The Danube Delta is the second largest river delta in Europe, after the Volga Delta, and is the best preserved on the continent. The greater part of the Danube Delta lies in Romania (Tulcea county), while its northern part, on the left bank of the Chilia arm, is situated in Ukraine (Odessa Oblast). The approximate surface is 4152 km sq, of which 3446 km sq are in Romania.
If one includes the lagoons of Razim-Sinoe (1015 km sq of which 865 km sq water surface), which are located south of the delta proper, but are related to it geologically and ecologically (their combined territory is part of the World Heritage Site), the total area of the Danube Delta reaches 5165 km sq.
The climate of the Danube Delta is continental with strong influences from the vicinity of the Black Sea and its prevalent amphibian environment. It is the driest and sunniest region (70 days with blue sky, 2500 hours of sunshine/year) of Romania. The mean annual temperature is 11°C (-1°C in January and 22°C in July), with mean precipitation between 400and 300 mm/year, decreasing from west to east.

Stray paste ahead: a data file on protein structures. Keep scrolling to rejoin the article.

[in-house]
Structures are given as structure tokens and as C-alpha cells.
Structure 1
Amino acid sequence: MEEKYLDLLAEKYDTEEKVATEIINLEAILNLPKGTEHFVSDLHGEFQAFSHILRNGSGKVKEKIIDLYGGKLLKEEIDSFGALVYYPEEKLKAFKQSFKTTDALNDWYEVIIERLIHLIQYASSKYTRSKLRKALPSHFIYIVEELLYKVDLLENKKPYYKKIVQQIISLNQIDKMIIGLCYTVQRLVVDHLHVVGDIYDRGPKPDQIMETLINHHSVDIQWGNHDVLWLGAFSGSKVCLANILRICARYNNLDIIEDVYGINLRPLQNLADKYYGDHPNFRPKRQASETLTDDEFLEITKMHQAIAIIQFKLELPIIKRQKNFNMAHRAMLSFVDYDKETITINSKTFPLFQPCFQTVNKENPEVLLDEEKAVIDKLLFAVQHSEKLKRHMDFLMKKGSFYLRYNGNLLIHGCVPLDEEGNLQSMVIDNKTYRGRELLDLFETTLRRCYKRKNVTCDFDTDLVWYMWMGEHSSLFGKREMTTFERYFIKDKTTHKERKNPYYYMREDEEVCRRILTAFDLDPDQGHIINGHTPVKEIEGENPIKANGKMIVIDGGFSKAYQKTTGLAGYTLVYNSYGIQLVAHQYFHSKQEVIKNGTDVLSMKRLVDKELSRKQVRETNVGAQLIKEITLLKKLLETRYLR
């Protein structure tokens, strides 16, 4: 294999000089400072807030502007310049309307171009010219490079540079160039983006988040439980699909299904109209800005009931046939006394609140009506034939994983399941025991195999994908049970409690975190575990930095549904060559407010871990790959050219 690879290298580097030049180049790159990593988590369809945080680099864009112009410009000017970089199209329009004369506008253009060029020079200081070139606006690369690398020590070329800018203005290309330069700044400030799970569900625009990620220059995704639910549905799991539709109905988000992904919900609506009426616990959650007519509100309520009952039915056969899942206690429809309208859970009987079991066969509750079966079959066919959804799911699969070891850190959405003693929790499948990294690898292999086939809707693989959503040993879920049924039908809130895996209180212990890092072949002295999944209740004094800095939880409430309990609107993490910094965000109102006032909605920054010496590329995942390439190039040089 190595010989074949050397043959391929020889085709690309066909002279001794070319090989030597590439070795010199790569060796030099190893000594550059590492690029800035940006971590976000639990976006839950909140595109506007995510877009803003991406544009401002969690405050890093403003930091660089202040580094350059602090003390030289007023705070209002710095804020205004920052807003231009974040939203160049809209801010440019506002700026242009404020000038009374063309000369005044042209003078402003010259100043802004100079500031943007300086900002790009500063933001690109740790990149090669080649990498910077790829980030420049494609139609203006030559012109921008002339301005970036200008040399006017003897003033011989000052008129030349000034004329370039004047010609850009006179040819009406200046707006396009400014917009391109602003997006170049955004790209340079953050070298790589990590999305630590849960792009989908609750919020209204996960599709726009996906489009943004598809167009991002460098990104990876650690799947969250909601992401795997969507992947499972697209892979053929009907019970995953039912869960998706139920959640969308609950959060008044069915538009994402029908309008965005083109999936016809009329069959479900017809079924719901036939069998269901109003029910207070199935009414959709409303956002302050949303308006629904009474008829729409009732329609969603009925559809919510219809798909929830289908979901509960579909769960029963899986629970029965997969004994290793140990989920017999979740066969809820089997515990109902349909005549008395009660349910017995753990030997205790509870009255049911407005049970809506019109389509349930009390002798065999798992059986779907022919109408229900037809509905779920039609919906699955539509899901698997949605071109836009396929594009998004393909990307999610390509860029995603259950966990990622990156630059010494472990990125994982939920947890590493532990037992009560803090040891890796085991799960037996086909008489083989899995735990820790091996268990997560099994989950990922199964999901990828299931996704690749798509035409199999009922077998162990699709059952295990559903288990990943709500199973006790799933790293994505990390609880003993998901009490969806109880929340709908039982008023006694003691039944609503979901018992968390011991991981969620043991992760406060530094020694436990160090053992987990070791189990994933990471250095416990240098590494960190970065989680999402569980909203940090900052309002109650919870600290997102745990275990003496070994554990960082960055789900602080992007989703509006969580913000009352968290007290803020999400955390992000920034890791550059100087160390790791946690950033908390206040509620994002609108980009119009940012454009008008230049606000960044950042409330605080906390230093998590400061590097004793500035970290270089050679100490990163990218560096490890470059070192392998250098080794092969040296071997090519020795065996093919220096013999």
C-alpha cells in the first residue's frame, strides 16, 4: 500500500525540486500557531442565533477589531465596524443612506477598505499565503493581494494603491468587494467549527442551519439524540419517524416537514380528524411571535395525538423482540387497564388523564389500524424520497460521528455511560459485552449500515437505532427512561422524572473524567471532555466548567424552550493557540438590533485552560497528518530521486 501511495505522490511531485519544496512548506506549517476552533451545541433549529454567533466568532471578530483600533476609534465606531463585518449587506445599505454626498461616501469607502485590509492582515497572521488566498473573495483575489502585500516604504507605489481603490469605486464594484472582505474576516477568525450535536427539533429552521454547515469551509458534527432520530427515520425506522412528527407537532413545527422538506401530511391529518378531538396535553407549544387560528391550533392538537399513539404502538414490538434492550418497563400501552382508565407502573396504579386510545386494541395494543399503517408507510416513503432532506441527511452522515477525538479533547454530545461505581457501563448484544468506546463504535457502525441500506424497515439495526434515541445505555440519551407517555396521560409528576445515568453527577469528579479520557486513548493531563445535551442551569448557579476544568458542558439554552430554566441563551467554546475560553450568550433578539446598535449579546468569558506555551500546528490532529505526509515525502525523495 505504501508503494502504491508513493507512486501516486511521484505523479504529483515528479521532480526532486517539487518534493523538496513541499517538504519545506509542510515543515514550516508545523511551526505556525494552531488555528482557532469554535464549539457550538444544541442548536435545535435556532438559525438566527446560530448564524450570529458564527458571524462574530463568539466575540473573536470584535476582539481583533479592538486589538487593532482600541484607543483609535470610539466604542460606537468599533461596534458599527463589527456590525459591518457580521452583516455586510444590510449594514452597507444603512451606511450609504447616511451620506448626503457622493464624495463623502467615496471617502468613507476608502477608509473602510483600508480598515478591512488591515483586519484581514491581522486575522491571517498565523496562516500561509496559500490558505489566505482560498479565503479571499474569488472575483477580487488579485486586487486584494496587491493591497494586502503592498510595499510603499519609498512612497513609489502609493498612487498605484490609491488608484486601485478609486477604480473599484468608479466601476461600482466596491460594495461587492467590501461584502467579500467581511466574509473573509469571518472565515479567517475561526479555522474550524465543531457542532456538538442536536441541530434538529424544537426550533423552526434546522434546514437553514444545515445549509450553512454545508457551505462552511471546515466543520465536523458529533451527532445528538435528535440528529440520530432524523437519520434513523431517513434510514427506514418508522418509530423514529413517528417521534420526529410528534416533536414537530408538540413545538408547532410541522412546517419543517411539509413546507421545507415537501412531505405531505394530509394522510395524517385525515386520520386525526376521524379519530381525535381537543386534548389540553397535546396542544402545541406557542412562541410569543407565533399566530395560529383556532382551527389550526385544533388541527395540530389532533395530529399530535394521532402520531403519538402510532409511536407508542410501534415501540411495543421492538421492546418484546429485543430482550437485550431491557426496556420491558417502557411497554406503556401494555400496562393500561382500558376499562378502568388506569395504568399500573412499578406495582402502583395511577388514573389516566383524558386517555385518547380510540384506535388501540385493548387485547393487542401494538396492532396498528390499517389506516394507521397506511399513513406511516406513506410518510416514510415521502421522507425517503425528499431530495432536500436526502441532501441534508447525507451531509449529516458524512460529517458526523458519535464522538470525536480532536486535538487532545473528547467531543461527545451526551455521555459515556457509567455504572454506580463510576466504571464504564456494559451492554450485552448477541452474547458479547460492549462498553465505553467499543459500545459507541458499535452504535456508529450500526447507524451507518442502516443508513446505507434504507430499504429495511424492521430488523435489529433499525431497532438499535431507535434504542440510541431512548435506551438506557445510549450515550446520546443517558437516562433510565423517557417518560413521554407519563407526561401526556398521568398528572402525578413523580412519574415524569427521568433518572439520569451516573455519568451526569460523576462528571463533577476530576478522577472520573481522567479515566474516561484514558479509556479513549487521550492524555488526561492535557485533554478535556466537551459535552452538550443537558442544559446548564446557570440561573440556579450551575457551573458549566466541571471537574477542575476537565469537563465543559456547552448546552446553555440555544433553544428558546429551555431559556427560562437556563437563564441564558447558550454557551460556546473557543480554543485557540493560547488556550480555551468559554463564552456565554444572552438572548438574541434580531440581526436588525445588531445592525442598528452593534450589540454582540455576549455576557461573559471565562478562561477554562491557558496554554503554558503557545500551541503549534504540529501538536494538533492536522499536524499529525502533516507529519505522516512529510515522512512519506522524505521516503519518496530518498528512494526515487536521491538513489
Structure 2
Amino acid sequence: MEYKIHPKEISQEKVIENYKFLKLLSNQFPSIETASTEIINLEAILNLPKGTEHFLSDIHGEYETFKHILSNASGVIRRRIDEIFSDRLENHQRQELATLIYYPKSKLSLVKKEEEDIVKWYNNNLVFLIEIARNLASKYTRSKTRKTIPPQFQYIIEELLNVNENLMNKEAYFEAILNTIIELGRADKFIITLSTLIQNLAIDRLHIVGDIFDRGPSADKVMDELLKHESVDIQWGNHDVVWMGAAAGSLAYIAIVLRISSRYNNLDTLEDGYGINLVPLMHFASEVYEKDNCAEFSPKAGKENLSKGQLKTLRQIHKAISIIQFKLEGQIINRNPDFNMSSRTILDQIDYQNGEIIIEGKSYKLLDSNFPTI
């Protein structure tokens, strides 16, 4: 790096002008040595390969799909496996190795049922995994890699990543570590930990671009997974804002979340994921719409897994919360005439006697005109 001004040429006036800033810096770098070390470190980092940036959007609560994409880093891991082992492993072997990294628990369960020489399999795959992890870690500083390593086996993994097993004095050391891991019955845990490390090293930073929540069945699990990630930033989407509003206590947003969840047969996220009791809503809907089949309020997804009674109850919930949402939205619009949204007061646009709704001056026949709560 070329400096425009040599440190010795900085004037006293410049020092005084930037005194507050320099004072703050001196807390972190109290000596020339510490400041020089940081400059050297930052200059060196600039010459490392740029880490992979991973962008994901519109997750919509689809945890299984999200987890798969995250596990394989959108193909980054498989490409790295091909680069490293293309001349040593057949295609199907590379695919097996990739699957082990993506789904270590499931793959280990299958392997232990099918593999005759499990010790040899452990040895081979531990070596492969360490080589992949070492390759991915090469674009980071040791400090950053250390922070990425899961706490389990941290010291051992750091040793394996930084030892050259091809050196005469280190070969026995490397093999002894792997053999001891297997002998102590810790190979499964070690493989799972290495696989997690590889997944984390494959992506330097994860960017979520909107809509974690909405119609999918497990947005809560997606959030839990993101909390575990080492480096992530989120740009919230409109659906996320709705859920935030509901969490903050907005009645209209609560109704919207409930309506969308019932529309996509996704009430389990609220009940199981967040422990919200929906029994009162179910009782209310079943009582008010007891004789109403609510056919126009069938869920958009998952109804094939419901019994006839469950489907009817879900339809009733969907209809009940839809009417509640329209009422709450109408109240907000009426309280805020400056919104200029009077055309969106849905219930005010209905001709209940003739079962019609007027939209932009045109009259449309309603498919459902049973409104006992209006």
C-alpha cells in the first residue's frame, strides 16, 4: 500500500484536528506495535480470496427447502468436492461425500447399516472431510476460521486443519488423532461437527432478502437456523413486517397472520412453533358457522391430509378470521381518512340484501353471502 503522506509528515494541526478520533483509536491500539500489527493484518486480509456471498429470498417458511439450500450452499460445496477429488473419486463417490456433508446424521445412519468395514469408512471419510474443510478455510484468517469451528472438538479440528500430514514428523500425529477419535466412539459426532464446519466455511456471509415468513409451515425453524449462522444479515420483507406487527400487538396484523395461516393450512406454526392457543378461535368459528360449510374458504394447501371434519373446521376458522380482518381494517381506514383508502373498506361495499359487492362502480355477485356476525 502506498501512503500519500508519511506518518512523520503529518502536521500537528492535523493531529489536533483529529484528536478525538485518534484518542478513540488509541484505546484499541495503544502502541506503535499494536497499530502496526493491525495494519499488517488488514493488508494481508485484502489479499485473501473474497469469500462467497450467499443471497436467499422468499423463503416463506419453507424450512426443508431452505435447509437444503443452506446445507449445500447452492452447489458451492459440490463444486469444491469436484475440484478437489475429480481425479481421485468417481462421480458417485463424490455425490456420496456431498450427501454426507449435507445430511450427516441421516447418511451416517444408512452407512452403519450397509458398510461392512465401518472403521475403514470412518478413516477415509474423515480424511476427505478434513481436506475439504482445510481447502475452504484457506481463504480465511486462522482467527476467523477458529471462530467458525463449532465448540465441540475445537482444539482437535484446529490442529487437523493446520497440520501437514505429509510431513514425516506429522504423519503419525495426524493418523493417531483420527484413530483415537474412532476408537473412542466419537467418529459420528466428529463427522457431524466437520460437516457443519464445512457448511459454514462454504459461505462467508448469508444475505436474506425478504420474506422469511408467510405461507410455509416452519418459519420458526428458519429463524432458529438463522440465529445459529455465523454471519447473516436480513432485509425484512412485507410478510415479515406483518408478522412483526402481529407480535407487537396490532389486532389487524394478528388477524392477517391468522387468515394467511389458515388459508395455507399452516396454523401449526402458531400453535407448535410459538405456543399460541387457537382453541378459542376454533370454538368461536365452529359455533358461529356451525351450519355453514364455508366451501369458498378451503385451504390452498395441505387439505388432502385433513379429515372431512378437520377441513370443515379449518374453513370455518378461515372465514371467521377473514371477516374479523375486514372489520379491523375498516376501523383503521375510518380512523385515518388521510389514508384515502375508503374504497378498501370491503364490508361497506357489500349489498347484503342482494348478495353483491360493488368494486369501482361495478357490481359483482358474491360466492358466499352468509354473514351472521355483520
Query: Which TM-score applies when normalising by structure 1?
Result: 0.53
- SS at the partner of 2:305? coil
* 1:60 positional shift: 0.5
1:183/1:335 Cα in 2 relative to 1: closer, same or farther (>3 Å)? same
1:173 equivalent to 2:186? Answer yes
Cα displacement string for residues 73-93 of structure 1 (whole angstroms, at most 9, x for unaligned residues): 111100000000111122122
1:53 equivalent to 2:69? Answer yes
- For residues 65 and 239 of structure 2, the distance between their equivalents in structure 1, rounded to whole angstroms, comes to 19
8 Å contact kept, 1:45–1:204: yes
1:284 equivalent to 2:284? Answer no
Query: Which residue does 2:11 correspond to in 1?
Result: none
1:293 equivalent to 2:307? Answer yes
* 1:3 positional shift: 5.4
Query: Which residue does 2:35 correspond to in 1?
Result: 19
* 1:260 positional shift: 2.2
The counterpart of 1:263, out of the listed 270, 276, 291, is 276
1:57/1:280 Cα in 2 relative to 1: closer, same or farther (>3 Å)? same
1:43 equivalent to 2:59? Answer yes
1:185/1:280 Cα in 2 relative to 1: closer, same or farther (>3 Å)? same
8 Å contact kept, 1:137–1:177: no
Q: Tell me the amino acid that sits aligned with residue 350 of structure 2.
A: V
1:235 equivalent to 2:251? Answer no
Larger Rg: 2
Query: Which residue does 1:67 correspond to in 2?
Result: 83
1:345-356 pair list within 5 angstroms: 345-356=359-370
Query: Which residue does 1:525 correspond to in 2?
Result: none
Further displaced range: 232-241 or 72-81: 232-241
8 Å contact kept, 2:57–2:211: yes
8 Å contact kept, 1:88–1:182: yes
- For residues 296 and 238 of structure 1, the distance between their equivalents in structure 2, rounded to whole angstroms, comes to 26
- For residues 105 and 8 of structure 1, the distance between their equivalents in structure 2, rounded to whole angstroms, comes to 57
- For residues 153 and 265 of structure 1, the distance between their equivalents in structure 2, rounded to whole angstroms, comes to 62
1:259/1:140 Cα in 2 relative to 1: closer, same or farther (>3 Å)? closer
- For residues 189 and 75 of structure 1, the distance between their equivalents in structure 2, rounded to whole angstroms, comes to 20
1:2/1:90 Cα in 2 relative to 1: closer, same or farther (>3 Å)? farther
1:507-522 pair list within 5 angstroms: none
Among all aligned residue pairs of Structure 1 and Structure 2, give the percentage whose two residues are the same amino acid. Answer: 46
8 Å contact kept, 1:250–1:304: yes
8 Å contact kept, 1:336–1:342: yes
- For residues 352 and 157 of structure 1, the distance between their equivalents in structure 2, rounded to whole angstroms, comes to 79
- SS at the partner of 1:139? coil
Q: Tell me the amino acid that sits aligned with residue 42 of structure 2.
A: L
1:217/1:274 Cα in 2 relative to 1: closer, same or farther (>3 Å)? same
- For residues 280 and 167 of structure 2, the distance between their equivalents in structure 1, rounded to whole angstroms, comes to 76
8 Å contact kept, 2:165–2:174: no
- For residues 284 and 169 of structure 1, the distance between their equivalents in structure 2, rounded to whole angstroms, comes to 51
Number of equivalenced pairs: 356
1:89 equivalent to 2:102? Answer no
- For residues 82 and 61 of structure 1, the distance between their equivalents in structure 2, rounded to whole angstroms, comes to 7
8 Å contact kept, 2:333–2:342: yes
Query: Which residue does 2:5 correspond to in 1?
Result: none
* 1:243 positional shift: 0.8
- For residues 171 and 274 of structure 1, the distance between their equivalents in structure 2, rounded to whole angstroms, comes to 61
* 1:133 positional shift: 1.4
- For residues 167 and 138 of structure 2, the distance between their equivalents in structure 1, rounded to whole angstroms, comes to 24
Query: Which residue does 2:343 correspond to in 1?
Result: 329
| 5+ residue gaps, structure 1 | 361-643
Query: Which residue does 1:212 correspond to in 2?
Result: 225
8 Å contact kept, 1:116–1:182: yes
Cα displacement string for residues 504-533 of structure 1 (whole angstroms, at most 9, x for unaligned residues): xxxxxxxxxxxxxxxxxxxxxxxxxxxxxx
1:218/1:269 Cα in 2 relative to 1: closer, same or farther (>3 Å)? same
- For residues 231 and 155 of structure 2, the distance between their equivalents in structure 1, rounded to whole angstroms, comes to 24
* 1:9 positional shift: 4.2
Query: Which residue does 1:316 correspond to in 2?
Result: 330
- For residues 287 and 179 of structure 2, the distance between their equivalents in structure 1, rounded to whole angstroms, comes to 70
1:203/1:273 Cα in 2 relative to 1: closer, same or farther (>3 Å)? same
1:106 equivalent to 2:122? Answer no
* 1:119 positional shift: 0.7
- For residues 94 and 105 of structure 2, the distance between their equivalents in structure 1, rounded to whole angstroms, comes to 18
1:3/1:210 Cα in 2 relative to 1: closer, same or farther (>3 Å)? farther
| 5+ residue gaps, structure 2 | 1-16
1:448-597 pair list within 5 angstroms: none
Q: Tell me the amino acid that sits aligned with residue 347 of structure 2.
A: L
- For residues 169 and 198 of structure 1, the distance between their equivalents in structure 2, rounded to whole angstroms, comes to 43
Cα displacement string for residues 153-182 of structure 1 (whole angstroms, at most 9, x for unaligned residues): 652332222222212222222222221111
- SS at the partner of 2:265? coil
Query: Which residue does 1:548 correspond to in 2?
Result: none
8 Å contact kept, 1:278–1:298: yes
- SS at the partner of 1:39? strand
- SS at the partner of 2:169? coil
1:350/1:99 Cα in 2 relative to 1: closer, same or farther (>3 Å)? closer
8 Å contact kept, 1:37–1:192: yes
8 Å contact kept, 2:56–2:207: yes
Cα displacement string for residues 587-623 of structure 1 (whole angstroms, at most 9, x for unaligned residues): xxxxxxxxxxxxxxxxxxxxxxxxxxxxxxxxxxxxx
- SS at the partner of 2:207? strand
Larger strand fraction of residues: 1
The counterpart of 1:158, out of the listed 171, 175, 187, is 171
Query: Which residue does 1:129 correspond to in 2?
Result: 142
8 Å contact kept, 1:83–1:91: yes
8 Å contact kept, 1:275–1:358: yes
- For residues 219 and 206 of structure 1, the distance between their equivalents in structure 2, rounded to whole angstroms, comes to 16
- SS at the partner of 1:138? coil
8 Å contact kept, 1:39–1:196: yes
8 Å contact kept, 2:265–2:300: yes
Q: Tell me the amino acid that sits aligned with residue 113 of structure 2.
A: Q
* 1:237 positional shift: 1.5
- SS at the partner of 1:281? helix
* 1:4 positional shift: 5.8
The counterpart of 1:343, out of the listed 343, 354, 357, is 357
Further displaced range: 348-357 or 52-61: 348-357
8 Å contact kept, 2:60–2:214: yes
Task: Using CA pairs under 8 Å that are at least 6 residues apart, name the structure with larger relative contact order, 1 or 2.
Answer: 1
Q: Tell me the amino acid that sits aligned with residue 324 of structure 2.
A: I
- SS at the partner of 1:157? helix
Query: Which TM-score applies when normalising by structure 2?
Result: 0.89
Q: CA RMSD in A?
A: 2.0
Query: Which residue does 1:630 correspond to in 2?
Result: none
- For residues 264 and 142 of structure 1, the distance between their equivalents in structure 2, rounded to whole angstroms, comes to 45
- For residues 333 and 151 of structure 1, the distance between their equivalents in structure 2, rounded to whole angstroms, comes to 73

The Danube Delta is perhaps the least inhabited region of temperate Europe. In the Romanian side live about 20,000 people, of which 4,600 in the port of Sulina, which gives an average density of approx. 2 inhabitants per km². The rest is scattered in 27 villages, of which only three, all situated marginally, have more than 500 people (2002). The city of Tulcea, at the western edge of the delta, has a population of 92,000 (2002). It represents the node of the region and the gate to the delta.
Recorded history first noted the Delta under Dacian control before being conquered by the Romans. After invasion by the Goths the region changed hands many times. During the 15th century, the Danube Delta became part of the Ottoman Empire. In 1812, following the Russo-Turkish War the borders of Ottoman and Russian Empires were set by Kilia and Old Stambul Channels of Danube, and in 1829 by St George Channel.
Environment and issues
Large-scale works began in the Danube Delta as early as the second half of the 19th century. First corrections of the Sulina arm began in 1862, and they continued throughout the 20th century. As a result, the length of the Sulina arm was reduced from 92 to 64 km, and its flow more than doubled, thus making it suitable for large-vessel navigation.
Correcting the six large meanders on its course thereby reduced the length of the Sfântu Gheorghe from 108 km to 108, and its flow also increased somewhat. Both these increases were made to the detriment of the Chilia arm, which as of present remains the most unspoiled arm of the main three.